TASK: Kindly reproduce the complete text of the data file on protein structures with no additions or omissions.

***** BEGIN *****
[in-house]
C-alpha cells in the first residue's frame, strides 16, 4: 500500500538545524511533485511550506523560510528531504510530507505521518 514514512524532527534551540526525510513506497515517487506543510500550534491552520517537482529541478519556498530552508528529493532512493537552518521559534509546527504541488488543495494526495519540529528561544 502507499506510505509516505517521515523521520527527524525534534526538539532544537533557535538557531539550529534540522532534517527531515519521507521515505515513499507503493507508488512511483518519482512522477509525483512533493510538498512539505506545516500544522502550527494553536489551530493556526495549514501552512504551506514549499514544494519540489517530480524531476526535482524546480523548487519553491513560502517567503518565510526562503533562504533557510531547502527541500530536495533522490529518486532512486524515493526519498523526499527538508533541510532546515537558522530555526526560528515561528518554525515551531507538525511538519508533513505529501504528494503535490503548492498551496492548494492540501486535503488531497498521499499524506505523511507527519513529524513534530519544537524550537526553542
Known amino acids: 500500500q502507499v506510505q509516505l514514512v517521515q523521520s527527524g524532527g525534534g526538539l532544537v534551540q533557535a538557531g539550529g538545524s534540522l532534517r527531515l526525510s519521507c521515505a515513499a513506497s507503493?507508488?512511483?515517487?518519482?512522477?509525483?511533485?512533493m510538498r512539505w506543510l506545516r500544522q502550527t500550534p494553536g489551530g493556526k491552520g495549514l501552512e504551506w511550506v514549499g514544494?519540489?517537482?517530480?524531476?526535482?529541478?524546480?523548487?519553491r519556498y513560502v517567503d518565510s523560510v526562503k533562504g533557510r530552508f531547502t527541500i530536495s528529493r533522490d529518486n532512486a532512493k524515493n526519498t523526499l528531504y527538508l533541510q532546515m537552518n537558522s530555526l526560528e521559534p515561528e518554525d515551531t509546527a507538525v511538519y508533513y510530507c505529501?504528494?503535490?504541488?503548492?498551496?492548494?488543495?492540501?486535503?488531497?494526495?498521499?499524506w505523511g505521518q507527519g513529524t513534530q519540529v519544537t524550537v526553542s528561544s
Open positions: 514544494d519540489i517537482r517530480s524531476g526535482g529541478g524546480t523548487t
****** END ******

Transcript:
[in-house]
C-alpha cells in the first residue's frame, strides 16, 4: 500500500538545524511533485511550506523560510528531504510530507505521518 514514512524532527534551540526525510513506497515517487506543510500550534491552520517537482529541478519556498530552508528529493532512493537552518521559534509546527504541488488543495494526495519540529528561544 502507499506510505509516505517521515523521520527527524525534534526538539532544537533557535538557531539550529534540522532534517527531515519521507521515505515513499507503493507508488512511483518519482512522477509525483512533493510538498512539505506545516500544522502550527494553536489551530493556526495549514501552512504551506514549499514544494519540489517530480524531476526535482524546480523548487519553491513560502517567503518565510526562503533562504533557510531547502527541500530536495533522490529518486532512486524515493526519498523526499527538508533541510532546515537558522530555526526560528515561528518554525515551531507538525511538519508533513505529501504528494503535490503548492498551496492548494492540501486535503488531497498521499499524506505523511507527519513529524513534530519544537524550537526553542
Known amino acids: 500500500q502507499v506510505q509516505l514514512v517521515q523521520s527527524g524532527g525534534g526538539l532544537v534551540q533557535a538557531g539550529g538545524s534540522l532534517r527531515l526525510s519521507c521515505a515513499a513506497s507503493?507508488?512511483?515517487?518519482?512522477?509525483?511533485?512533493m510538498r512539505w506543510l506545516r500544522q502550527t500550534p494553536g489551530g493556526k491552520g495549514l501552512e504551506w511550506v514549499g514544494?519540489?517537482?517530480?524531476?526535482?529541478?524546480?523548487?519553491r519556498y513560502v517567503d518565510s523560510v526562503k533562504g533557510r530552508f531547502t527541500i530536495s528529493r533522490d529518486n532512486a532512493k524515493n526519498t523526499l528531504y527538508l533541510q532546515m537552518n537558522s530555526l526560528e521559534p515561528e518554525d515551531t509546527a507538525v511538519y508533513y510530507c505529501?504528494?503535490?504541488?503548492?498551496?492548494?488543495?492540501?486535503?488531497?494526495?498521499?499524506w505523511g505521518q507527519g513529524t513534530q519540529v519544537t524550537v526553542s528561544s
Open positions: 514544494d519540489i517537482r517530480s524531476g526535482g529541478g524546480t523548487t